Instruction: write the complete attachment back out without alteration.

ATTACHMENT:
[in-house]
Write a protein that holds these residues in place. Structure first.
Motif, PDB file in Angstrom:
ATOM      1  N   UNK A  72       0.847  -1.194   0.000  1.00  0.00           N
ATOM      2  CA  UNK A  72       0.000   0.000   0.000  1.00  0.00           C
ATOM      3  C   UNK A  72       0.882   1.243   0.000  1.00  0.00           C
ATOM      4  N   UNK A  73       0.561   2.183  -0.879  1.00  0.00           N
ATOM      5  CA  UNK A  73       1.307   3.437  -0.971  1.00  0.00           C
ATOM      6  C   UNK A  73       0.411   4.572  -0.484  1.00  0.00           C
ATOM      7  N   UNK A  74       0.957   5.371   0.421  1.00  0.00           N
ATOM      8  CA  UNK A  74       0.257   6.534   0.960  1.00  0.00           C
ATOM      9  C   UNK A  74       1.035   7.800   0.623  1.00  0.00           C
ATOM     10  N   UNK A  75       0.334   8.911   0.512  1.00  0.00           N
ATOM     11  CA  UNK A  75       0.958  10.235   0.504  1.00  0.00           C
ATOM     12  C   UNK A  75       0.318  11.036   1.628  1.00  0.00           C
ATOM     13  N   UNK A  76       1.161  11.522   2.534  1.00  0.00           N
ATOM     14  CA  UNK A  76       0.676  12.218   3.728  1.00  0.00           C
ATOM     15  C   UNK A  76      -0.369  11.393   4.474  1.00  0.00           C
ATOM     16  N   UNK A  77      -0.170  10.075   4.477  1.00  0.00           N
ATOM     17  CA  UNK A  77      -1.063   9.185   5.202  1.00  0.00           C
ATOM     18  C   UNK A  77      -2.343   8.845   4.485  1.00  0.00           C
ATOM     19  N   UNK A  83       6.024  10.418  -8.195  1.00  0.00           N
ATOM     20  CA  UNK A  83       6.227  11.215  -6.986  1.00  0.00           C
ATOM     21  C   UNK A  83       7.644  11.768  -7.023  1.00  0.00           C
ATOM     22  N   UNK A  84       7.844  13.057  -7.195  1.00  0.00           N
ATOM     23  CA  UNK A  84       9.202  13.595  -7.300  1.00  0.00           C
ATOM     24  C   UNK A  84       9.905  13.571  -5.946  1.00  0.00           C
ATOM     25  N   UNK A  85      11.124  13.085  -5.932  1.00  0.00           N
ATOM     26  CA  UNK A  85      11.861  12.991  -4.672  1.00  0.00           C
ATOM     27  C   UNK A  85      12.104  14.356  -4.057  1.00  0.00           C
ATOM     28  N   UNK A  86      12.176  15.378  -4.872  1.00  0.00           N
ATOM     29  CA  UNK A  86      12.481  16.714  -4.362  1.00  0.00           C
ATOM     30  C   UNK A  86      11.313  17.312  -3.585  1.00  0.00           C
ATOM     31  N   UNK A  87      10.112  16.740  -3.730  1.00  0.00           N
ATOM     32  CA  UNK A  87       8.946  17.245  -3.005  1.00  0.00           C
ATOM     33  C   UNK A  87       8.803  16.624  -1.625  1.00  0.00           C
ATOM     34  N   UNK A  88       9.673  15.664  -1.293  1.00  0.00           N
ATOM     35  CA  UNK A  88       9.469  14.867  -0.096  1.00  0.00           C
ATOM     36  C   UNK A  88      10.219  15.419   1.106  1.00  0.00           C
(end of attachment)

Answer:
[in-house]
Write a protein that holds these residues in place. Structure first.
Motif, PDB file in Angstrom:
ATOM      1  N   UNK A  72       0.847  -1.194   0.000  1.00  0.00           N
ATOM      2  CA  UNK A  72       0.000   0.000   0.000  1.00  0.00           C
ATOM      3  C   UNK A  72       0.882   1.243   0.000  1.00  0.00           C
ATOM      4  N   UNK A  73       0.561   2.183  -0.879  1.00  0.00           N
ATOM      5  CA  UNK A  73       1.307   3.437  -0.971  1.00  0.00           C
ATOM      6  C   UNK A  73       0.411   4.572  -0.484  1.00  0.00           C
ATOM      7  N   UNK A  74       0.957   5.371   0.421  1.00  0.00           N
ATOM      8  CA  UNK A  74       0.257   6.534   0.960  1.00  0.00           C
ATOM      9  C   UNK A  74       1.035   7.800   0.623  1.00  0.00           C
ATOM     10  N   UNK A  75       0.334   8.911   0.512  1.00  0.00           N
ATOM     11  CA  UNK A  75       0.958  10.235   0.504  1.00  0.00           C
ATOM     12  C   UNK A  75       0.318  11.036   1.628  1.00  0.00           C
ATOM     13  N   UNK A  76       1.161  11.522   2.534  1.00  0.00           N
ATOM     14  CA  UNK A  76       0.676  12.218   3.728  1.00  0.00           C
ATOM     15  C   UNK A  76      -0.369  11.393   4.474  1.00  0.00           C
ATOM     16  N   UNK A  77      -0.170  10.075   4.477  1.00  0.00           N
ATOM     17  CA  UNK A  77      -1.063   9.185   5.202  1.00  0.00           C
ATOM     18  C   UNK A  77      -2.343   8.845   4.485  1.00  0.00           C
ATOM     19  N   UNK A  83       6.024  10.418  -8.195  1.00  0.00           N
ATOM     20  CA  UNK A  83       6.227  11.215  -6.986  1.00  0.00           C
ATOM     21  C   UNK A  83       7.644  11.768  -7.023  1.00  0.00           C
ATOM     22  N   UNK A  84       7.844  13.057  -7.195  1.00  0.00           N
ATOM     23  CA  UNK A  84       9.202  13.595  -7.300  1.00  0.00           C
ATOM     24  C   UNK A  84       9.905  13.571  -5.946  1.00  0.00           C
ATOM     25  N   UNK A  85      11.124  13.085  -5.932  1.00  0.00           N
ATOM     26  CA  UNK A  85      11.861  12.991  -4.672  1.00  0.00           C
ATOM     27  C   UNK A  85      12.104  14.356  -4.057  1.00  0.00           C
ATOM     28  N   UNK A  86      12.176  15.378  -4.872  1.00  0.00           N
ATOM     29  CA  UNK A  86      12.481  16.714  -4.362  1.00  0.00           C
ATOM     30  C   UNK A  86      11.313  17.312  -3.585  1.00  0.00           C
ATOM     31  N   UNK A  87      10.112  16.740  -3.730  1.00  0.00           N
ATOM     32  CA  UNK A  87       8.946  17.245  -3.005  1.00  0.00           C
ATOM     33  C   UNK A  87       8.803  16.624  -1.625  1.00  0.00           C
ATOM     34  N   UNK A  88       9.673  15.664  -1.293  1.00  0.00           N
ATOM     35  CA  UNK A  88       9.469  14.867  -0.096  1.00  0.00           C
ATOM     36  C   UNK A  88      10.219  15.419   1.106  1.00  0.00           C